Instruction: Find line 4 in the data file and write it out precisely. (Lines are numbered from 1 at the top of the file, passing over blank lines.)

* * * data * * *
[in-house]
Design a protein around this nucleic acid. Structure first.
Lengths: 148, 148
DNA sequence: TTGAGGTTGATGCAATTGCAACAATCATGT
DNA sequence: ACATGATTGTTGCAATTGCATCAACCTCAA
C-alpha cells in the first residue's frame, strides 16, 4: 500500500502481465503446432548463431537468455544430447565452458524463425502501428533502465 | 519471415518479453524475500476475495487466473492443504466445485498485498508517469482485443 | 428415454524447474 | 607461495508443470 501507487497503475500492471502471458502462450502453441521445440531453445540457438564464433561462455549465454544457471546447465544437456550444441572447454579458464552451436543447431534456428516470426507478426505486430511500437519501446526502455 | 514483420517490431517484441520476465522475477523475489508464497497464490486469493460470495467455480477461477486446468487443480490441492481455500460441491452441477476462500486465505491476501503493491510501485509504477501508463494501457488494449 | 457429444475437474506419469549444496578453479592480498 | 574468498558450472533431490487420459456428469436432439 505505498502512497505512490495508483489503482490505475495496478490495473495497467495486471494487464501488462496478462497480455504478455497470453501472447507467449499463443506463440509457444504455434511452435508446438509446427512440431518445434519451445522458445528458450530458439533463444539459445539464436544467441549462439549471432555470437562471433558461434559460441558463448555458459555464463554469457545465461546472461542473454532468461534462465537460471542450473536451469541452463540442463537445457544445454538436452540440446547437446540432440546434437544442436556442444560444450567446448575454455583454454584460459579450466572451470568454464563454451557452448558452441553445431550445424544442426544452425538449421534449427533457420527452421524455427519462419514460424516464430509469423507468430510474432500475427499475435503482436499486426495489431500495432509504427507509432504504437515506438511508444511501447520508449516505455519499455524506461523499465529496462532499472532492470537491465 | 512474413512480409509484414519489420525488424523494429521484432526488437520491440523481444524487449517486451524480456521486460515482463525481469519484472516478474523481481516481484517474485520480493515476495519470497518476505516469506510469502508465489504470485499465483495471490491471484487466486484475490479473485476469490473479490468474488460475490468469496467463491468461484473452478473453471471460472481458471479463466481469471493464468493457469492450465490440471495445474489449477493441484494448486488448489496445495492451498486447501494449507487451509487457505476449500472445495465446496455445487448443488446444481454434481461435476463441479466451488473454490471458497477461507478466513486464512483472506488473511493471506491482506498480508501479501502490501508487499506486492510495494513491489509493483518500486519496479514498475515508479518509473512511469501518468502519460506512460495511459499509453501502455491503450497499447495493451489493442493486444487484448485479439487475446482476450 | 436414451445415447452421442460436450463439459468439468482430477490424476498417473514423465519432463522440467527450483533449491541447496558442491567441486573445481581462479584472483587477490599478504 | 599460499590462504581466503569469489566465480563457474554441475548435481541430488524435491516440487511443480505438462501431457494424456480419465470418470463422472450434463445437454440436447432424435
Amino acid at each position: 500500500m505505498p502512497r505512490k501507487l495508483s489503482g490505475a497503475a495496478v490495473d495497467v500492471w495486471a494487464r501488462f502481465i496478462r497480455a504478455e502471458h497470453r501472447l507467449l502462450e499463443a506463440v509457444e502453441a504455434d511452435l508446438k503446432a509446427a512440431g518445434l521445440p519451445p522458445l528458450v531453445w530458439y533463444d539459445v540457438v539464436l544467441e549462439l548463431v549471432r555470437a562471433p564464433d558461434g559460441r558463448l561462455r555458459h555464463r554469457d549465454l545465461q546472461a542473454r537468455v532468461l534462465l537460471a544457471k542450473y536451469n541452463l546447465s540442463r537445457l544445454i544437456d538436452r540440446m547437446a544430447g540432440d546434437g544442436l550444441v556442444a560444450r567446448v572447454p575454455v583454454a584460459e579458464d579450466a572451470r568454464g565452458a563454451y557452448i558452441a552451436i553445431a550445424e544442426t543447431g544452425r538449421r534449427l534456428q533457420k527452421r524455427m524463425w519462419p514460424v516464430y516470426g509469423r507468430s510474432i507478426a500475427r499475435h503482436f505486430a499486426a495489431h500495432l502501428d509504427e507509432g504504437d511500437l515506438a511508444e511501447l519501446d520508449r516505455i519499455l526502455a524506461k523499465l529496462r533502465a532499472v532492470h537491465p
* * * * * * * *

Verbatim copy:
DNA sequence: TTGAGGTTGATGCAATTGCAACAATCATGT